It still will be difficult for left-handed hitters to yank the ball out in Triples Alley, but the Giants did change enough that offense should get a slight boost. 

With the bullpens moving from foul territory to the outfield, Triples Alley will be cut from 421 feet to 415. The wall will be five feet closer in left-center and eight feet closer in straightaway center. The bullpens will be situated in center field on either side of the garden that already exists out there. 

"Obviously it's something that started off really as a safety issue with some of what we've seen over the last couple of years, but there's going to be a fun baseball element," Zaidi said earlier this week. "We've done a lot of studies on how we think it's going to impact things but until you actually start playing games and the ball starts flying, you're never quite sure how it's going to go. It'll be a fun and exciting time."

It'll also be a much different look for relievers and fans who sit out in the bleachers. The Giants announced that several bleacher seats will directly overlook the bullpens and they will have two new standing-room terraces out there for fans. The garden in center field will also provide a direct view into the Giants' bullpen.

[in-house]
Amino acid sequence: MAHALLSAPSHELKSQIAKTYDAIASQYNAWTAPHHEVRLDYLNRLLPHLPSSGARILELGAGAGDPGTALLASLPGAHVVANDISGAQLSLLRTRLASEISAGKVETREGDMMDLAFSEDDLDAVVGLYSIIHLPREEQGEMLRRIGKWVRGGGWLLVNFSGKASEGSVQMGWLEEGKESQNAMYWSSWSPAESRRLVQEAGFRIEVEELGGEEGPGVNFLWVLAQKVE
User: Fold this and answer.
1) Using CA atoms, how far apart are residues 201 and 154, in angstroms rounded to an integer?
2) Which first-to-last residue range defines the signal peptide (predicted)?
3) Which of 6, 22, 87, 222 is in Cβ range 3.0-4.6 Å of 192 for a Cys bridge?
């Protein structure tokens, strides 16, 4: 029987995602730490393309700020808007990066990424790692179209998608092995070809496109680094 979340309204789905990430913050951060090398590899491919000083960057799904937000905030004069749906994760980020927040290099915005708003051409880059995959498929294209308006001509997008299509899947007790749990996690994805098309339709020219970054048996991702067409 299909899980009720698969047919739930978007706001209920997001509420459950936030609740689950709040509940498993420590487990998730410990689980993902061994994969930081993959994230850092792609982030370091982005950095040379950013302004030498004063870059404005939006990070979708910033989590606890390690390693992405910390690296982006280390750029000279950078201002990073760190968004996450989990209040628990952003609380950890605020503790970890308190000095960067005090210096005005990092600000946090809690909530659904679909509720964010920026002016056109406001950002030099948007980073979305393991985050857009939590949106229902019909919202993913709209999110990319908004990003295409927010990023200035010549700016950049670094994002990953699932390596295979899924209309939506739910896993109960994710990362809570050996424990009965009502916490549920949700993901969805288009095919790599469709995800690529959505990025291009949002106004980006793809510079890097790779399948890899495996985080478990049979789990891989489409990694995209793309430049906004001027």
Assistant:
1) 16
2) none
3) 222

[RELATED: Giants announce eight additions to coaching staff]

For the players, the bullpens will have padded chain link openings in the wall so they can watch the game. The centerfield wall will also be one foot shorter, going from eight to seven feet, which could aid a hitter or two every year but may also make it easier for the centerfielder to rob an opposing batter. 

The Giants expect a touch more offense from the new look, but as they ran studies in recent months, they discovered that the weather was actually the main factor in knocking down potential home runs. The heavy air will still be there at night, protecting pitchers and frustrating hitters. 

That'll be good news for Giants relievers. The press release continued one more bit of important news for that group. Both bullpens will have their own bathroom for players.